To the uninitiated, it might seem like a gimmick to 3D print pharmaceuticals. After all, you take some kind of medicine, pour it in a mold, and you have a pill, right? But researchers and even some commercial companies are 3D printing drugs with unusual chemical or physical properties. For example, pills with braille identification on them or antibiotics with complex drug-release rates. The Universidade de Santiago de Compostela and the University College London can now 3D print pills without relying on a layer-by-layer approach. Instead, the machine produces the entire pill directly.
According to a recent report on the study, there are at least two things holding back printed pills. First, anything medical has to go through rigorous testing for approval in nearly any country. In addition, producing pills at typical 3D printing speeds is uneconomical. This new approach uses multiple beams of light to polymerize an entire tank of resin at once in as little as seven seconds.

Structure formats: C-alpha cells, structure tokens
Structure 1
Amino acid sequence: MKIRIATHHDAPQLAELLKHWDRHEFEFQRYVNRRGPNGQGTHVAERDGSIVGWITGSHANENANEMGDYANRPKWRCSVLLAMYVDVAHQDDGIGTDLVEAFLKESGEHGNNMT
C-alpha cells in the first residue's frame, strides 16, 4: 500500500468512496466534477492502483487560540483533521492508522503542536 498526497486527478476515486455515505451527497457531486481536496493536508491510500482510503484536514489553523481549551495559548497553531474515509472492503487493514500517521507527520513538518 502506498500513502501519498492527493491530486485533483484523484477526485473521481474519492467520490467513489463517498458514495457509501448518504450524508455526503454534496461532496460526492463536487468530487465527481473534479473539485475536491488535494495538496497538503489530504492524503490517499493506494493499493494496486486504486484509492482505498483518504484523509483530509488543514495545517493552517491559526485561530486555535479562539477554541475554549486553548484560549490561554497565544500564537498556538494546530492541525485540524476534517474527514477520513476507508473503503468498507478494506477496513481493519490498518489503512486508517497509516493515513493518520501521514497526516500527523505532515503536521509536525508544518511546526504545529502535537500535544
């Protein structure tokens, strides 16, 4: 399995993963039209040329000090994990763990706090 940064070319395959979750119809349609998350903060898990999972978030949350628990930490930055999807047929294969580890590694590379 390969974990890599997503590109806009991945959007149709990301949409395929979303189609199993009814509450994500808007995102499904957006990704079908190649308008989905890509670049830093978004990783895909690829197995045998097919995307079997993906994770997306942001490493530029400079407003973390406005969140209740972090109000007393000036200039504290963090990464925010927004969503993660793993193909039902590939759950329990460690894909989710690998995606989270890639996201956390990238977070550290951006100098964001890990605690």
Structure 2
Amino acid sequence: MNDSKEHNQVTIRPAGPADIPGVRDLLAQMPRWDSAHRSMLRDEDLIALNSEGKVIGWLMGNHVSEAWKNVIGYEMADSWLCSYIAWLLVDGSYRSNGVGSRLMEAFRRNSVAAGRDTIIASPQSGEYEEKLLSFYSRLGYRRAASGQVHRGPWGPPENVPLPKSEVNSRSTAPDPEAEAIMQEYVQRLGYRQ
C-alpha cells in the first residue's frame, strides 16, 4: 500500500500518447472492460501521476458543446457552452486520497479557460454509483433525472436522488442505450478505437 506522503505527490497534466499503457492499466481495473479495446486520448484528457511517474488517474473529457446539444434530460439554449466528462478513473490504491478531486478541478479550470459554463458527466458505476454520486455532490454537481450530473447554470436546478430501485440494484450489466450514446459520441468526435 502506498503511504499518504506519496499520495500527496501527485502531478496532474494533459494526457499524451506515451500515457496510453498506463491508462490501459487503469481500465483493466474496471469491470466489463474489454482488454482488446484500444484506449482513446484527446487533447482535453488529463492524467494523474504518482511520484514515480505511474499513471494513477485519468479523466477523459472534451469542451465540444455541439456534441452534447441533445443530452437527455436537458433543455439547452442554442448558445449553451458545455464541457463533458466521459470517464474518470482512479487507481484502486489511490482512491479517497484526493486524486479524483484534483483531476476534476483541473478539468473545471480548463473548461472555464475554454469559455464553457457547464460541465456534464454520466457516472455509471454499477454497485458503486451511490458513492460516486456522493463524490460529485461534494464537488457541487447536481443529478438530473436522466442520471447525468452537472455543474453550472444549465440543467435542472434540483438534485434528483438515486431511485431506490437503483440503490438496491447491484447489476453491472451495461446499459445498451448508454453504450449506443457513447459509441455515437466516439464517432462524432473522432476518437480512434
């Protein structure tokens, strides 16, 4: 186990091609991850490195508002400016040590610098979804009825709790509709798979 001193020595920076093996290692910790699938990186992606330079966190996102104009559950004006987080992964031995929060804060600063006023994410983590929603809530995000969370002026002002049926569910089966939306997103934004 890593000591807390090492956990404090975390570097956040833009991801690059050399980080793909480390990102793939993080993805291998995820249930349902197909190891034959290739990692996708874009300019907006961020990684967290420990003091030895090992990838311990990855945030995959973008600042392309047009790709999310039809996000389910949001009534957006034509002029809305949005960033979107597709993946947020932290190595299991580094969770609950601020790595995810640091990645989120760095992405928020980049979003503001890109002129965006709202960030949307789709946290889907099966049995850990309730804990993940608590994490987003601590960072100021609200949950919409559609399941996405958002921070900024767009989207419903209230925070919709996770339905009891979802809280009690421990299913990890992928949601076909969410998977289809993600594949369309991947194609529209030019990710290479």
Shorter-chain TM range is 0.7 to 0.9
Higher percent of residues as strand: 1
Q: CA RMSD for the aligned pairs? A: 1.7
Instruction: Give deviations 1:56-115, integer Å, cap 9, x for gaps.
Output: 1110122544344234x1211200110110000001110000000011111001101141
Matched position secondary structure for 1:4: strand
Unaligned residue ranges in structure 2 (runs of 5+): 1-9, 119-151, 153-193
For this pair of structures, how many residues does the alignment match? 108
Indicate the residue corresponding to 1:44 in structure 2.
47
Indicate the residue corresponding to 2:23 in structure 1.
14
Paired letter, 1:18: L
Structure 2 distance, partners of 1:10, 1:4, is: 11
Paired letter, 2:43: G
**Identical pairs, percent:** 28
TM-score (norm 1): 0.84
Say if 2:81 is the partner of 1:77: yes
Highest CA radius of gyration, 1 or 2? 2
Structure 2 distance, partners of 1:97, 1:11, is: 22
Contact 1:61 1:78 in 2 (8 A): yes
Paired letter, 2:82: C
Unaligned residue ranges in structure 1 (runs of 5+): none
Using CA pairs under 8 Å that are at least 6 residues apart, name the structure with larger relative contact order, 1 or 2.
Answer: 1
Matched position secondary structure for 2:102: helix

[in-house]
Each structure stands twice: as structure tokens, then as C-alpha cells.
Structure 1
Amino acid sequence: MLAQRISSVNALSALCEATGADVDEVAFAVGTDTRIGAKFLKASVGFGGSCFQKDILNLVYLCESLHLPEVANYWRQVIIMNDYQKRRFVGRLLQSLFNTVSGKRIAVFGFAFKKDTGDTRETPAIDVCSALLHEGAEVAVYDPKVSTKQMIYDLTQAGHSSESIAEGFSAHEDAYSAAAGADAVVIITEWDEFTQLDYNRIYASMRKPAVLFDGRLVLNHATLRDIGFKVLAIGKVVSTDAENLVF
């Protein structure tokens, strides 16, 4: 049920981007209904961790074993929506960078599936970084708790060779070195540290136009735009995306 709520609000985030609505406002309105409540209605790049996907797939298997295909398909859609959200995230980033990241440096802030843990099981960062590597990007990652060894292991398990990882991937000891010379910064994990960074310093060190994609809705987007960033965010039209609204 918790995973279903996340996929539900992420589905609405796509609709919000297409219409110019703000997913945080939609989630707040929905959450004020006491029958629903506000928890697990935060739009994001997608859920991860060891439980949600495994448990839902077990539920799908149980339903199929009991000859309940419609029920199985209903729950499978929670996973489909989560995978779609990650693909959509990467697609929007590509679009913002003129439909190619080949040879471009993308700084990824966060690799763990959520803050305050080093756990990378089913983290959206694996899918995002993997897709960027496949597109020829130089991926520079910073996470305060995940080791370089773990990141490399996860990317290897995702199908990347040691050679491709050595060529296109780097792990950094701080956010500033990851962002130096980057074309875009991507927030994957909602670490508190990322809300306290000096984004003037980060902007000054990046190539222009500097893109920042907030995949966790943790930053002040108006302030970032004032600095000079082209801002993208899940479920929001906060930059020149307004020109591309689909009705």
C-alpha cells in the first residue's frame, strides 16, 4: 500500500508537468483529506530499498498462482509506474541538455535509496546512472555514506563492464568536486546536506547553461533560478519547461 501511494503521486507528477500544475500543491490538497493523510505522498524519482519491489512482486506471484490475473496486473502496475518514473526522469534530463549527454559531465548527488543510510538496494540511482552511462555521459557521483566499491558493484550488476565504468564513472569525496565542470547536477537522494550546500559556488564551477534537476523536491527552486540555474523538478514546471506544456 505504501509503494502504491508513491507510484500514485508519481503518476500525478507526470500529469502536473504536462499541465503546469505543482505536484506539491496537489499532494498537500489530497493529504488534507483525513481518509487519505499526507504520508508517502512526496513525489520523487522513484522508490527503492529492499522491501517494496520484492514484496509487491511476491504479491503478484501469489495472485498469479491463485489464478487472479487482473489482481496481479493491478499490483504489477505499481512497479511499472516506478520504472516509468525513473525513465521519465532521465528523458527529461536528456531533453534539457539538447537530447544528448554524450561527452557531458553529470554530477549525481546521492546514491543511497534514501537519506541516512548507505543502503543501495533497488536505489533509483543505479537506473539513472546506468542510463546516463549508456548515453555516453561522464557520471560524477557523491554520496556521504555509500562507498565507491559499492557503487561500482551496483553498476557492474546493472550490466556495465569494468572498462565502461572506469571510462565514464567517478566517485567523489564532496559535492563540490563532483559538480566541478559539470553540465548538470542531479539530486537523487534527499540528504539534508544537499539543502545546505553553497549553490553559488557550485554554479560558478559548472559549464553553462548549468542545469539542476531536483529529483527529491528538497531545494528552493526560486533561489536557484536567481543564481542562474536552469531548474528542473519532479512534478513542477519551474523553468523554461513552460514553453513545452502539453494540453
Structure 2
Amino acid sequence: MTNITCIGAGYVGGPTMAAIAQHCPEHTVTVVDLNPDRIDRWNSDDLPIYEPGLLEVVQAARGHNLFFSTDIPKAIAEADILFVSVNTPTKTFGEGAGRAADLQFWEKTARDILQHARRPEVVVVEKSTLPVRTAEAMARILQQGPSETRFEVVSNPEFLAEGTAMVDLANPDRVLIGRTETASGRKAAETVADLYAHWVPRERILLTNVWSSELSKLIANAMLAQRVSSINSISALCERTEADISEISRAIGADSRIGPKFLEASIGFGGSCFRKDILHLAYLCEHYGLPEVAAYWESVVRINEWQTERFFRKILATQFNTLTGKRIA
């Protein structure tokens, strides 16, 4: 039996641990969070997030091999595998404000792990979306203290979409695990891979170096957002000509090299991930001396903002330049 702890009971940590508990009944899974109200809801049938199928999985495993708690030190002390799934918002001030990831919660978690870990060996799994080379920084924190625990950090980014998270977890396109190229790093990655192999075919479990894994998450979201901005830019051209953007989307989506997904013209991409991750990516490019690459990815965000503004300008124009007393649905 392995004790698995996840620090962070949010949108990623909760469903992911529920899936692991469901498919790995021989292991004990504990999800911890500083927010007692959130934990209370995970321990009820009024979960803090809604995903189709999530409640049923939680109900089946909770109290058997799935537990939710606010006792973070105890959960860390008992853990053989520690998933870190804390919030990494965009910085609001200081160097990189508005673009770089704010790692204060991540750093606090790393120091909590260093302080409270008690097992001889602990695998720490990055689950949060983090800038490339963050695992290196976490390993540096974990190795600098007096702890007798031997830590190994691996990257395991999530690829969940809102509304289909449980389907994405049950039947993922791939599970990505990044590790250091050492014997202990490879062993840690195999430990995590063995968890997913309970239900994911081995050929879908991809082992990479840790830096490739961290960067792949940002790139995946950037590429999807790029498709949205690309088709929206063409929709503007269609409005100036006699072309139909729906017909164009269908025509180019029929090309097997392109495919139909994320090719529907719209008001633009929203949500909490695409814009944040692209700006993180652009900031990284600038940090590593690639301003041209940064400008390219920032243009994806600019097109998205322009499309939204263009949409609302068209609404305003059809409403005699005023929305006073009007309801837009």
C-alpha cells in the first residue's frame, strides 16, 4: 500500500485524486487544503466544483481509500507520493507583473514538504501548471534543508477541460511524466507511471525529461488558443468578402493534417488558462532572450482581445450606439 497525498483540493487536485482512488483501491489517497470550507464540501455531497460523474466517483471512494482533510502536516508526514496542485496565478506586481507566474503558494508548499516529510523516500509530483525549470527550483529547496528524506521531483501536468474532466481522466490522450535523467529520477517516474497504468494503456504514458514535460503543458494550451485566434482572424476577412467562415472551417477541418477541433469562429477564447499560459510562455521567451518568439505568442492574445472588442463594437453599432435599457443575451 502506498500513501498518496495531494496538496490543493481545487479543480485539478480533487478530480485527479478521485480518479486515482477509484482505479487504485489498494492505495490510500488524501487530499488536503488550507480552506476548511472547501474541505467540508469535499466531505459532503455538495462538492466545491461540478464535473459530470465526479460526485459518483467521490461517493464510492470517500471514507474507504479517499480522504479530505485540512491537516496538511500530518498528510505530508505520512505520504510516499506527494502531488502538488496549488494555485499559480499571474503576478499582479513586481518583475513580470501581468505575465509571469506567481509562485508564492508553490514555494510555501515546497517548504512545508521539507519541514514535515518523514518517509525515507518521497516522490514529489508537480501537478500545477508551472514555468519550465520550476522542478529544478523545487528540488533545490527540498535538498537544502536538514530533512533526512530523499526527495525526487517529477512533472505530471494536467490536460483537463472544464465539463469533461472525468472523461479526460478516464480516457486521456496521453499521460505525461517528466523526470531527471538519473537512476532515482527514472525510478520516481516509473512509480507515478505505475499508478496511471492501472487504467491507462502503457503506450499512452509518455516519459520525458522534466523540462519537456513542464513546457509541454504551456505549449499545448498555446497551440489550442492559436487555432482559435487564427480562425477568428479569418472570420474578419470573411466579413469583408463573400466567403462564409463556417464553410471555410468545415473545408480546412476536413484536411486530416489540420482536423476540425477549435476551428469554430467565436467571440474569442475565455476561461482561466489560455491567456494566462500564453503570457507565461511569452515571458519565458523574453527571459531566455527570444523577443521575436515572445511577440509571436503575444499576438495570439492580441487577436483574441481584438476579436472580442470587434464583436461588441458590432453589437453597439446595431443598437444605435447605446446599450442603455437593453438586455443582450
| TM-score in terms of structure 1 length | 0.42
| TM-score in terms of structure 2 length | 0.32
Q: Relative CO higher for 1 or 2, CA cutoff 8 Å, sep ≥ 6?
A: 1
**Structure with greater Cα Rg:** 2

With 3D printed drugs, it is possible to tailor release profiles for individual cases and make hybrid drugs such as a French drug that joins anticancer drugs with another drug to manage side effects. Is this a real thing for the future? Will doctors collect enough data to make it meaningful to tailor drugs to patients? Will regulators allow it? For hybrid medicine, is there really an advantage over just taking two pills? Only time will tell.
Sure, technology can help dispense pills. We know, too, that 3D printing can be useful for prostheses and medical devices. We aren’t so sure about pharmaceuticals, but in the meantime you can already order custom-printed vitamins.